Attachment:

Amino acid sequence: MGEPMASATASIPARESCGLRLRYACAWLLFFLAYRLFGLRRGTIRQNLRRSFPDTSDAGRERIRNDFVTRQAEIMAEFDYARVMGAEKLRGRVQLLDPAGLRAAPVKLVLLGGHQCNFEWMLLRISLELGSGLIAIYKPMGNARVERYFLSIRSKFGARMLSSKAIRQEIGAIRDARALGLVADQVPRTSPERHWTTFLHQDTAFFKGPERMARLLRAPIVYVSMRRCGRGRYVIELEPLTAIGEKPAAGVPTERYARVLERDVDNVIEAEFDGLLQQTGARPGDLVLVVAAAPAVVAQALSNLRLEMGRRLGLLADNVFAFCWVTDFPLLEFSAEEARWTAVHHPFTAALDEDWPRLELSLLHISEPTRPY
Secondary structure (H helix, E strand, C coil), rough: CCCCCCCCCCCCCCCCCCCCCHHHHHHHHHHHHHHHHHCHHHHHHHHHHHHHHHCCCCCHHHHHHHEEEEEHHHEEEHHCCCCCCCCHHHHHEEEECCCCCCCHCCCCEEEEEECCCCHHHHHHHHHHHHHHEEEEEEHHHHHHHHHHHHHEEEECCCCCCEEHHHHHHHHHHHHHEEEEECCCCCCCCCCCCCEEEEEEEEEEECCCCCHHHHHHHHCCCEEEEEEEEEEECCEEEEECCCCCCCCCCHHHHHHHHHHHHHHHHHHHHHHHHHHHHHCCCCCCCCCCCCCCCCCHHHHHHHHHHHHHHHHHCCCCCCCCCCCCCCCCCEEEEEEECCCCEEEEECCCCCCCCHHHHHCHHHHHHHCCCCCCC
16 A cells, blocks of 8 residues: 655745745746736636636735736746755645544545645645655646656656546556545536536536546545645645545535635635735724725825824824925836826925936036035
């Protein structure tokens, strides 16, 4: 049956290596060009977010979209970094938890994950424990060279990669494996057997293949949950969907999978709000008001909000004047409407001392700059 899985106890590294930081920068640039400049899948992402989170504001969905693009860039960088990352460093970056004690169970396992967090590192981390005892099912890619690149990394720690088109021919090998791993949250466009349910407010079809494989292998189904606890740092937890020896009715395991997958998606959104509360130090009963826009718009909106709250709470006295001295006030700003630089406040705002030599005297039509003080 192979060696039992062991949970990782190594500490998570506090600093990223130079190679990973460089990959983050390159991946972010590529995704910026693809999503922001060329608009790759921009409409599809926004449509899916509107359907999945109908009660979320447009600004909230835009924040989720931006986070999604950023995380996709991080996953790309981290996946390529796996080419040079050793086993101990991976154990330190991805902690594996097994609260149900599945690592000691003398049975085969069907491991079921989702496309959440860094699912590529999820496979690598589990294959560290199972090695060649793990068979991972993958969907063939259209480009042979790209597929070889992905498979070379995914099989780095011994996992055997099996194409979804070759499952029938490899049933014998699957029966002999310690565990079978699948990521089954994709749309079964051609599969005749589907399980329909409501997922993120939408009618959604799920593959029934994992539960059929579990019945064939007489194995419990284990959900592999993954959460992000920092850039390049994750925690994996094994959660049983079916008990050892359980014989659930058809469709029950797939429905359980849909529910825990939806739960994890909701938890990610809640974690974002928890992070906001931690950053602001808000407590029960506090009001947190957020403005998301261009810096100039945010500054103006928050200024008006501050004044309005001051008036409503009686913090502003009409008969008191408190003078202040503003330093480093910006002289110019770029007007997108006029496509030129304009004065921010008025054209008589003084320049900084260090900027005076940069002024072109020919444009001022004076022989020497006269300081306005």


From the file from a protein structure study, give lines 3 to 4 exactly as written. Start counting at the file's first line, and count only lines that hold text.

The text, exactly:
16 A cells, blocks of 8 residues: 655745745746736636636735736746755645544545645645655646656656546556545536536536546545645645545535635635735724725825824824925836826925936036035
């Protein structure tokens, strides 16, 4: 049956290596060009977010979209970094938890994950424990060279990669494996057997293949949950969907999978709000008001909000004047409407001392700059 899985106890590294930081920068640039400049899948992402989170504001969905693009860039960088990352460093970056004690169970396992967090590192981390005892099912890619690149990394720690088109021919090998791993949250466009349910407010079809494989292998189904606890740092937890020896009715395991997958998606959104509360130090009963826009718009909106709250709470006295001295006030700003630089406040705002030599005297039509003080 192979060696039992062991949970990782190594500490998570506090600093990223130079190679990973460089990959983050390159991946972010590529995704910026693809999503922001060329608009790759921009409409599809926004449509899916509107359907999945109908009660979320447009600004909230835009924040989720931006986070999604950023995380996709991080996953790309981290996946390529796996080419040079050793086993101990991976154990330190991805902690594996097994609260149900599945690592000691003398049975085969069907491991079921989702496309959440860094699912590529999820496979690598589990294959560290199972090695060649793990068979991972993958969907063939259209480009042979790209597929070889992905498979070379995914099989780095011994996992055997099996194409979804070759499952029938490899049933014998699957029966002999310690565990079978699948990521089954994709749309079964051609599969005749589907399980329909409501997922993120939408009618959604799920593959029934994992539960059929579990019945064939007489194995419990284990959900592999993954959460992000920092850039390049994750925690994996094994959660049983079916008990050892359980014989659930058809469709029950797939429905359980849909529910825990939806739960994890909701938890990610809640974690974002928890992070906001931690950053602001808000407590029960506090009001947190957020403005998301261009810096100039945010500054103006928050200024008006501050004044309005001051008036409503009686913090502003009409008969008191408190003078202040503003330093480093910006002289110019770029007007997108006029496509030129304009004065921010008025054209008589003084320049900084260090900027005076940069002024072109020919444009001022004076022989020497006269300081306005």